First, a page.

2-0 out of 5 stars the unperfect movie
Give me a break! Milla Jovovich as the perfect woman, a god?! This movie would have not seen the light of day if she was a black woman. I mean there are far better looking white women than this lady, indeed, in a white mans world, would such a film be fashioned in the way that it has been. Outside of the whole white supremacy view, I thought this movie was koo with its special effects, although Judge Dredd did the same exact scenery in its earlier day, so, nothing new in that department. I also didnt care for how the black man was depicted as a wimpy feminine sambo, but this is what white america views as a great film, who cares if they made Tiny lister a black president, that was probably the only good thing about the whole cast arrangement, thats if that didnt have some personal insult to it as well. lmao! The insecurities of ppl who are in denial about such, will always be revealed in some way. As this movie made so brutally clear, dont get me wrong, racist ppl do not bother me in the least bit, I just like show them up, on their hidden agenda's, say what u want, but I would have prefered the perfect being to be nonhuman, as our species has proven to be something less than perfect, to say the least. pun intended ... Read more


19. Dark City
Director: Alex Proyas
list price: $14.94
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Asin: 0780622545
Catlog: Video
Sales Rank: 18338
Average Customer Review: 4.35 out of 5 stars
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Reviews (353)

4-0 out of 5 stars original? no... but stylish as hell
Dark City seems to me to sum up an entire universe of sci-fi and third-stream movies in which reality is not what it appears. This movie brings in influences from Blade Runner (the most obvious influence), Barton Fink (whence the seedy hotel), The City of Lost Children (the "strangers" are VERY similar to the "cyclopes"--I could almost picture their leader saying "j'ai vu un monde qui était un monde de chien!"--and they even use the phrase "lost children" at one point; also, the vials that contain synthesized memories look a lot like the probosces of Marcello's robotic fleas), Brazil (possibly the origin of Dark City's lost-in-time feeling), The Crow (same director, thus a similar direction style), Twelve Monkeys (one man manipulated by a faceless committee...), The Nightmare Before Christmas (Tim Burton likes spirals too), and even to some extent Lost Highway (notably in the cinematic treatment of half-remembered images), although that only came out a year earlier. There are also hints at earlier things--film noir, Peter Lorre. So while it's not original, and certainly not perfect, this movie seems to combine all those aspects into a single coherent whole, which is rather impressive. The plot is revealed well, and doesn't have too many holes in it. Certain scenes when John starts to figure out what's going on are really chilling. And the movie manages to have a happy ending that's not stupid! I couldn't believe it. And of course, the cinematography is beautiful.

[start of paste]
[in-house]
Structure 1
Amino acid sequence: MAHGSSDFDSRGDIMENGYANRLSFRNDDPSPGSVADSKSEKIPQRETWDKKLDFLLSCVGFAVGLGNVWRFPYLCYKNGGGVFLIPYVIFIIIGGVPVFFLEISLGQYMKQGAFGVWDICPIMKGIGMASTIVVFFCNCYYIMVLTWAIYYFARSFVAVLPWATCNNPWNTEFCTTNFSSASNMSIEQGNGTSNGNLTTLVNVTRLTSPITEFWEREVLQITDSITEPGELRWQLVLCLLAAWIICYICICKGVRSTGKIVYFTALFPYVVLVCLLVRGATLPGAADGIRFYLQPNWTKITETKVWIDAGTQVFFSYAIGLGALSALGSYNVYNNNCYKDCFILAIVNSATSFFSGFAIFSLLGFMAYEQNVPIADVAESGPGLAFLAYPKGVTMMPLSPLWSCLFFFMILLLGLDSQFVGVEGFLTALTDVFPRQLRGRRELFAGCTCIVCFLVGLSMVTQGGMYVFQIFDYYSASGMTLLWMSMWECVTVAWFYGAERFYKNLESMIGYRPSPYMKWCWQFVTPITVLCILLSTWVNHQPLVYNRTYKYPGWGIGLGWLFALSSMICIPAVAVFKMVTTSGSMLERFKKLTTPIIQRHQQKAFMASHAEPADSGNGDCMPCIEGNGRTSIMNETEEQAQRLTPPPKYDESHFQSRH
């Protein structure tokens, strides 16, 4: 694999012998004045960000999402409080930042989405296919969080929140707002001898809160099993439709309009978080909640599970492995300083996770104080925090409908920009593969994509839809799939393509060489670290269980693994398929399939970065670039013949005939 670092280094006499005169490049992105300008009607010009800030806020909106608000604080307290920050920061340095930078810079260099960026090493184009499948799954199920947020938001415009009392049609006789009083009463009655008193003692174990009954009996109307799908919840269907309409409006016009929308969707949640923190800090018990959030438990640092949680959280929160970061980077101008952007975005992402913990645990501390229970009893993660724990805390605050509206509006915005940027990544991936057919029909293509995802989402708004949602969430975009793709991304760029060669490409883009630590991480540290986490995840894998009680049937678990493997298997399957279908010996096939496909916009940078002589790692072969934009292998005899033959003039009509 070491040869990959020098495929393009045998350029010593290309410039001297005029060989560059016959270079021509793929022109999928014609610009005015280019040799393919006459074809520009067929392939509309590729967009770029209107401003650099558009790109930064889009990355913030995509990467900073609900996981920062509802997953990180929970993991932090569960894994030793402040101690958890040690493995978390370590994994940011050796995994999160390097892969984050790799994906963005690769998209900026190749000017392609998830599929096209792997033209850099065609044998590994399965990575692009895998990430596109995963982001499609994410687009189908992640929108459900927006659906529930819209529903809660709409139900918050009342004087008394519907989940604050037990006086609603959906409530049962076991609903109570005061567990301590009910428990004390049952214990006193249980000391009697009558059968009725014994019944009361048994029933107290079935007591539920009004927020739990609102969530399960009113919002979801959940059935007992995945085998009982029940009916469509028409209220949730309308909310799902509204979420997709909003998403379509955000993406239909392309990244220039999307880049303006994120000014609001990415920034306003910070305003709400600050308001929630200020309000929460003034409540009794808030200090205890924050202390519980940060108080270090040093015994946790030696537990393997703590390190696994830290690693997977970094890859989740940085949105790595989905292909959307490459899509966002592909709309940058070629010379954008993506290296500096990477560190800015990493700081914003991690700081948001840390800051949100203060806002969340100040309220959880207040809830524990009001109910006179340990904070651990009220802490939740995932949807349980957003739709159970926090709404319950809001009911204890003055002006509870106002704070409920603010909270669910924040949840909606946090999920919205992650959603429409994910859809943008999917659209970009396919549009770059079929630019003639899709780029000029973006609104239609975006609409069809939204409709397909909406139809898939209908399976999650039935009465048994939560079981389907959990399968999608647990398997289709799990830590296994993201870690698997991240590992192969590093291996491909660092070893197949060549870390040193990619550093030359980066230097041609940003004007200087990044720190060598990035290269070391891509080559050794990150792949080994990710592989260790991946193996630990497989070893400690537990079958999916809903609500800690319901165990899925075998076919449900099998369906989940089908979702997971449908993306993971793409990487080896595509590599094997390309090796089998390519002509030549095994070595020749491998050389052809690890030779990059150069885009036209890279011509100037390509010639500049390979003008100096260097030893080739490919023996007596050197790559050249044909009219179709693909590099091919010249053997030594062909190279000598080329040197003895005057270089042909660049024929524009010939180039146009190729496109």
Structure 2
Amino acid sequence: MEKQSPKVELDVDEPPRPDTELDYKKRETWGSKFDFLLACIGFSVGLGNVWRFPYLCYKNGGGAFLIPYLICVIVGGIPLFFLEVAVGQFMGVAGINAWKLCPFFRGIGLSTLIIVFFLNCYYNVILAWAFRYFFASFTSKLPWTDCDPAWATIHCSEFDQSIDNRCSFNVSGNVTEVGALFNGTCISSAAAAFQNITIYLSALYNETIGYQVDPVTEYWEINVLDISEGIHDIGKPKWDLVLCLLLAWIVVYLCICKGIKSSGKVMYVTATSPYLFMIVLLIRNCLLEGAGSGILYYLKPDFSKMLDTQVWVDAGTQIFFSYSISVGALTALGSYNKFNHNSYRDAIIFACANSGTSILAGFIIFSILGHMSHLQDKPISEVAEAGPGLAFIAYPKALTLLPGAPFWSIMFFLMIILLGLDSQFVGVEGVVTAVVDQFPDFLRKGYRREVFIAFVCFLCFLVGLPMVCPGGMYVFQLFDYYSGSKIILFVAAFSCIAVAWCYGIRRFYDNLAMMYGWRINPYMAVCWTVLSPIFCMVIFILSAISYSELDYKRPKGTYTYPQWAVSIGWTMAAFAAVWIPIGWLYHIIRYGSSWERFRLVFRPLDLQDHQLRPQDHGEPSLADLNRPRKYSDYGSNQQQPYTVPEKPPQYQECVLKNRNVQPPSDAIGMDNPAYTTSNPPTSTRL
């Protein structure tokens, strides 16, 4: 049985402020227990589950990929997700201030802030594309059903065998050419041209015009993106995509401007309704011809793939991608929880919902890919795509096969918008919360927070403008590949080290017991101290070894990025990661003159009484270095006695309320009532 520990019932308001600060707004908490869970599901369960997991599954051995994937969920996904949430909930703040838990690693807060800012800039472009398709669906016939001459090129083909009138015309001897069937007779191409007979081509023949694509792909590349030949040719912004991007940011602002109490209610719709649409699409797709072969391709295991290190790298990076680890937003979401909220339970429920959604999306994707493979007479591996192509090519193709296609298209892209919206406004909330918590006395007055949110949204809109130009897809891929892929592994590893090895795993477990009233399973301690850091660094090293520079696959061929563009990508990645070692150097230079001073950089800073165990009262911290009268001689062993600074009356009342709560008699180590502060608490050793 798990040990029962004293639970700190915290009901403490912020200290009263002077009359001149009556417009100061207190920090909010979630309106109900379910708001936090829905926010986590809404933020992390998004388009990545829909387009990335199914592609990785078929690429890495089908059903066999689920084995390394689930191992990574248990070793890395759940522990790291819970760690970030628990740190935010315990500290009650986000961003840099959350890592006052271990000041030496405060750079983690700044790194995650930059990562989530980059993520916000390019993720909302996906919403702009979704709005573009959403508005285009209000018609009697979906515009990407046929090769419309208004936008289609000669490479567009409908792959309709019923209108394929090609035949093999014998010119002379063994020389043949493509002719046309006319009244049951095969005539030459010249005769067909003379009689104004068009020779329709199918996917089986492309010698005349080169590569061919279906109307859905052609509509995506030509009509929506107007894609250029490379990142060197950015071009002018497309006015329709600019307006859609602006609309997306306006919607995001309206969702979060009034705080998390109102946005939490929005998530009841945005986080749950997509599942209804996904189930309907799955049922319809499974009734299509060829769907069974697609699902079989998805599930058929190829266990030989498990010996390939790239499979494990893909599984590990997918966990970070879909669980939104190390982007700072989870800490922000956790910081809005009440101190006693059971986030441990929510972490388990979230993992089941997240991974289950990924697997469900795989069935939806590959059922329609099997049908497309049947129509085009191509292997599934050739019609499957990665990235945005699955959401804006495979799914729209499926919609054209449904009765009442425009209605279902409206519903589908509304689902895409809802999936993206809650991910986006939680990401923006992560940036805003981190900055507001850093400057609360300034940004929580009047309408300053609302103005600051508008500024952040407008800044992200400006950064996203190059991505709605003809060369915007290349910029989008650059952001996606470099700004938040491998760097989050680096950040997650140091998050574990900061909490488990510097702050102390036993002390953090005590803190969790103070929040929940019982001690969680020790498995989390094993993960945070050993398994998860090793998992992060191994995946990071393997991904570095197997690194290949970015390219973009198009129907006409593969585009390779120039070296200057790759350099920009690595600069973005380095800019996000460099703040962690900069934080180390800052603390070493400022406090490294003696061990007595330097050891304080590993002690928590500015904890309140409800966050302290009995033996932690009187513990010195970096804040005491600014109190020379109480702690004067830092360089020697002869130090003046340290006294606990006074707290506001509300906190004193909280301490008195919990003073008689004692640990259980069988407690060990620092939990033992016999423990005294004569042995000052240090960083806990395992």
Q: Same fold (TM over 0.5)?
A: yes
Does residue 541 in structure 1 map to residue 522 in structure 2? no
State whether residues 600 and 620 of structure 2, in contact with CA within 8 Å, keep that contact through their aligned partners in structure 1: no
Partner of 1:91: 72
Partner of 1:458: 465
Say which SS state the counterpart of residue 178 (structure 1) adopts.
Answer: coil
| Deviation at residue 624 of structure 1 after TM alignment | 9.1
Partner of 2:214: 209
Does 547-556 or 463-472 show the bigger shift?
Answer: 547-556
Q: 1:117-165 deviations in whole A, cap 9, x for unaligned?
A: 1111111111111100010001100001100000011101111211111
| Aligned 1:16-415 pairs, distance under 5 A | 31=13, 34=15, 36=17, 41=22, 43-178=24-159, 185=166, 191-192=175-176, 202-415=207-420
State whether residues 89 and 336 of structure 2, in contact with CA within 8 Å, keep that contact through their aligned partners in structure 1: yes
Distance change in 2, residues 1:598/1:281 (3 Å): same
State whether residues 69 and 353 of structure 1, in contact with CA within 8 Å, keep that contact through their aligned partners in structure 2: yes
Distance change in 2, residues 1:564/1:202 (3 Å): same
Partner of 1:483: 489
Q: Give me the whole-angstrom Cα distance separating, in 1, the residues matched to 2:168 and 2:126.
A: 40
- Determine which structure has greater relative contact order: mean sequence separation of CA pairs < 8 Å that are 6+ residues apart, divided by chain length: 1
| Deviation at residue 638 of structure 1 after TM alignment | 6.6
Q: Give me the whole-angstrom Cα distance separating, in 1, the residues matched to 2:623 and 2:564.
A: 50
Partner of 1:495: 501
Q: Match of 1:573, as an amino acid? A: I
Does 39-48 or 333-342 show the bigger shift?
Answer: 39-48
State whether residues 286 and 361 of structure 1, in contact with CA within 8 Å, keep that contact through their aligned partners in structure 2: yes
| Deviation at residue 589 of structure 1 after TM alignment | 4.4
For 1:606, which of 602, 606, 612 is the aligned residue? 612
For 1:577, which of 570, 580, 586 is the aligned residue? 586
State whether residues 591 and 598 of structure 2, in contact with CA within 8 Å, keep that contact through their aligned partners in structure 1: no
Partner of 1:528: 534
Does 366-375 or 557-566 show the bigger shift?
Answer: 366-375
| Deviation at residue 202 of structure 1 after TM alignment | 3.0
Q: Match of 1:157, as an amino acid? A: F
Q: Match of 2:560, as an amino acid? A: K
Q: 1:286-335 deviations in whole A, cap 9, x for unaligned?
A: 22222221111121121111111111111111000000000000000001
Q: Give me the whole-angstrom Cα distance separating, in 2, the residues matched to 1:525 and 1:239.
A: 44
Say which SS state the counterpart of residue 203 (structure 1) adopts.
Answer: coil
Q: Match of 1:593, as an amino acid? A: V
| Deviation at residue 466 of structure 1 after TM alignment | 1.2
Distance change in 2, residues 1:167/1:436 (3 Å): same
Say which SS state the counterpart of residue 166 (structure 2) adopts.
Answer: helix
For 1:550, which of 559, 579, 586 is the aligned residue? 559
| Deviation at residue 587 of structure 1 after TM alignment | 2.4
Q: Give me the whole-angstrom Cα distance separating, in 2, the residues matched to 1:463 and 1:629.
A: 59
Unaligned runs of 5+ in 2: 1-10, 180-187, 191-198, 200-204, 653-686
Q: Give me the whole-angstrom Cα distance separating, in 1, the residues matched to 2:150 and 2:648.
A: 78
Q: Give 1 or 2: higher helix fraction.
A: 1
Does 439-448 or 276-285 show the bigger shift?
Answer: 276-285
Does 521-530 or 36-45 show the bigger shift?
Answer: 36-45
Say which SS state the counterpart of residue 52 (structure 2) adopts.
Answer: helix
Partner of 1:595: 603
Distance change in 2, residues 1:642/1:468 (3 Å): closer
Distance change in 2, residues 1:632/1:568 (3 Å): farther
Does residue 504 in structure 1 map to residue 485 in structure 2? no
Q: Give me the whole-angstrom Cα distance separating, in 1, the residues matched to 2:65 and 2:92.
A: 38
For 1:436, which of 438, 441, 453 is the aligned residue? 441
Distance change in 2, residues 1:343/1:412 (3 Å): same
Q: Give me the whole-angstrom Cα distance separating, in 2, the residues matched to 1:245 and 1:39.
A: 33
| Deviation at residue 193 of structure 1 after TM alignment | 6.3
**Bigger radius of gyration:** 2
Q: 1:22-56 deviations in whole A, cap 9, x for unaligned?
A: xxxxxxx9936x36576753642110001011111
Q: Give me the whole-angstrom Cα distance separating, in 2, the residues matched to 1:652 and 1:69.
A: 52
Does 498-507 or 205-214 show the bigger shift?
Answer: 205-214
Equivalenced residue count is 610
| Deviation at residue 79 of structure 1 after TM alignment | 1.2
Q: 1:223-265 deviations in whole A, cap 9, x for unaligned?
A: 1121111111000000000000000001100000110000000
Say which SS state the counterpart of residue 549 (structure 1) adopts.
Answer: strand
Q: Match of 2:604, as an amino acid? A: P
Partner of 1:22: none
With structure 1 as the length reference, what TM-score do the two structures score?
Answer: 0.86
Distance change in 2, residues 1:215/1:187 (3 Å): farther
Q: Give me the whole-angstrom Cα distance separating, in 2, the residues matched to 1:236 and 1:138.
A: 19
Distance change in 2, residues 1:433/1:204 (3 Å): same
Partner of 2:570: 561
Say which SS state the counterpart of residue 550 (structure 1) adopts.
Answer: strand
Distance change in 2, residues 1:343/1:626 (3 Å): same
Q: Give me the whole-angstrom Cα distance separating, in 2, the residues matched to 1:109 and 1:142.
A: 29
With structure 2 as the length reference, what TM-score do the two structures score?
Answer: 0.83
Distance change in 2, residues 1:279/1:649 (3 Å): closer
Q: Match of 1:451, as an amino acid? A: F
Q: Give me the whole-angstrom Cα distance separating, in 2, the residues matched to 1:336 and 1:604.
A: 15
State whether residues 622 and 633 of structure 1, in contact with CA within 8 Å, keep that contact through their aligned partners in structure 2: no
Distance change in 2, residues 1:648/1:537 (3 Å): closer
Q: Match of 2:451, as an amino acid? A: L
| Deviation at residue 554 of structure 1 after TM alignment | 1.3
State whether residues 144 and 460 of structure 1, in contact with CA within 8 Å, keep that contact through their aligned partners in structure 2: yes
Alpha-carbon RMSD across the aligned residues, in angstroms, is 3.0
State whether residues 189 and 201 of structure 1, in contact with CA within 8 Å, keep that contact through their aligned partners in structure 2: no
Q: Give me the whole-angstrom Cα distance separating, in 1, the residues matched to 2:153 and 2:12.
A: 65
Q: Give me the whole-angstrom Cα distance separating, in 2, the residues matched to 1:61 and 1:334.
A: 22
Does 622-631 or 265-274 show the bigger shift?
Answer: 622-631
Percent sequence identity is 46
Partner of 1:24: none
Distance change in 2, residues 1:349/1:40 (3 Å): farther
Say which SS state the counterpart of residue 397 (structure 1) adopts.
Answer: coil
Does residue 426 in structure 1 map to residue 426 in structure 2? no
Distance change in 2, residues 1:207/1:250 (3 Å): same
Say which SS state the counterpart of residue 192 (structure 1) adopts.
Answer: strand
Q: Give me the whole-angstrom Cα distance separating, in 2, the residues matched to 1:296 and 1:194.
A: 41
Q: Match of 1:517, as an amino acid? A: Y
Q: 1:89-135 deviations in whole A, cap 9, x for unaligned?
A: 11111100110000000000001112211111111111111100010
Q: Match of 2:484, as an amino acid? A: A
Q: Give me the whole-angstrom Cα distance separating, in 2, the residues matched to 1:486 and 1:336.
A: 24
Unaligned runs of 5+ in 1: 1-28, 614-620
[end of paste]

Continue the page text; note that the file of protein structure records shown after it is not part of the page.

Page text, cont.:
I'd also like to mention that the Matrix is very clearly a rip-off of Dark City, using the same basic concept (a group of superior beings that control our perception of reality), a lot of the same imagery (people who don't rely on gravity), and a very similar pre-climactic scene. The Matrix, however, undermines itself with a lot of pointless fight scenes, truckloads of inconsistencies, revealing everything too soon, and Keanu Reeves. Dark City is a far better movie.

4-0 out of 5 stars Better than Amazon thinks
Dark City may have been one of those pictures you never got around to seeing at the theater. And you may have planned to rent it at one time but forgotten. It's a terribly under-rated movie--maybe because it defies easy genre classification. Dark City isn't science fiction in the popular Aliens or Star Wars sense, nor is it horror, nor is it the detective flick it starts out as.

However Dark City is a very compelling film with a terrific premise and a well plotted story. There are complaints on this board that the characters are too one-dimensional, but this in fact is critical to the way the story unfolds for its main character, Murdoch. To be swayed from sampling this movie because of anyone's claim that the plot is excessively thin is to do yourself a diservice.

The effects in this film are universally impressive, but what's more, refreshingly integral to the story. Both the sound and the picture are fantastic. If you're able to watch this on a good television capable of deep blacks, you'll find yourself marveling at just how great DVD is all over again.

Be warned that some of the extras listed in the product description here are somewhat underwhelming. This "Platinum Edition" doesn't measure up to some of New Line's other "Platinum Edition" DVDs such as Boogie Nights or Magnolia. For example, the "Comparisons to Metropolis" feature is a wonderful idea, but is executed here with about as much thought as goes onto the back of a cereal carton.

Of the two alternate voice tracks, Roger Ebert's is actually the more insightful. The film makers' voice track is muddled with too many participants. You realize pretty quickly that the director, writers, production designers, and photographer recorded their comments separately. The unfortunate result is a disjointed and repetetive commentary track. No matter how you feel about Roger "the fat one" Ebert or about critics in general, he will teach you something you didn't know in his commentary track.